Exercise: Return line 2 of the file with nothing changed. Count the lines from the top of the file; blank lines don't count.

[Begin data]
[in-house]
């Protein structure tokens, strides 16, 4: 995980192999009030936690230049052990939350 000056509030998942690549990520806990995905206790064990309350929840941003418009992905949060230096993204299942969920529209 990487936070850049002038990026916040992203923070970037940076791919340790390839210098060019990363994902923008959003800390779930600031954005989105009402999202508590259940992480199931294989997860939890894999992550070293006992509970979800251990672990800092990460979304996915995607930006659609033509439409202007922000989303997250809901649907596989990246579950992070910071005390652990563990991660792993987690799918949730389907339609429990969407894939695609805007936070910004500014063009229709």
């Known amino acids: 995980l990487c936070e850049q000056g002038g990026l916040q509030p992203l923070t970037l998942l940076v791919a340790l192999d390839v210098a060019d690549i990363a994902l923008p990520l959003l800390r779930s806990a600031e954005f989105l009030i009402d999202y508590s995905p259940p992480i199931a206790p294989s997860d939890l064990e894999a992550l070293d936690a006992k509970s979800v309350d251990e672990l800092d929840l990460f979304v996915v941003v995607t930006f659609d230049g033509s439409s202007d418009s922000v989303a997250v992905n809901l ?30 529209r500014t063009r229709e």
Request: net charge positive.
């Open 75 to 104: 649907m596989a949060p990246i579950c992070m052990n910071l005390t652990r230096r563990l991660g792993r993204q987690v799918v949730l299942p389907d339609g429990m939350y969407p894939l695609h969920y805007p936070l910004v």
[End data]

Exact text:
């Protein structure tokens, strides 16, 4: 995980192999009030936690230049052990939350 000056509030998942690549990520806990995905206790064990309350929840941003418009992905949060230096993204299942969920529209 990487936070850049002038990026916040992203923070970037940076791919340790390839210098060019990363994902923008959003800390779930600031954005989105009402999202508590259940992480199931294989997860939890894999992550070293006992509970979800251990672990800092990460979304996915995607930006659609033509439409202007922000989303997250809901649907596989990246579950992070910071005390652990563990991660792993987690799918949730389907339609429990969407894939695609805007936070910004500014063009229709």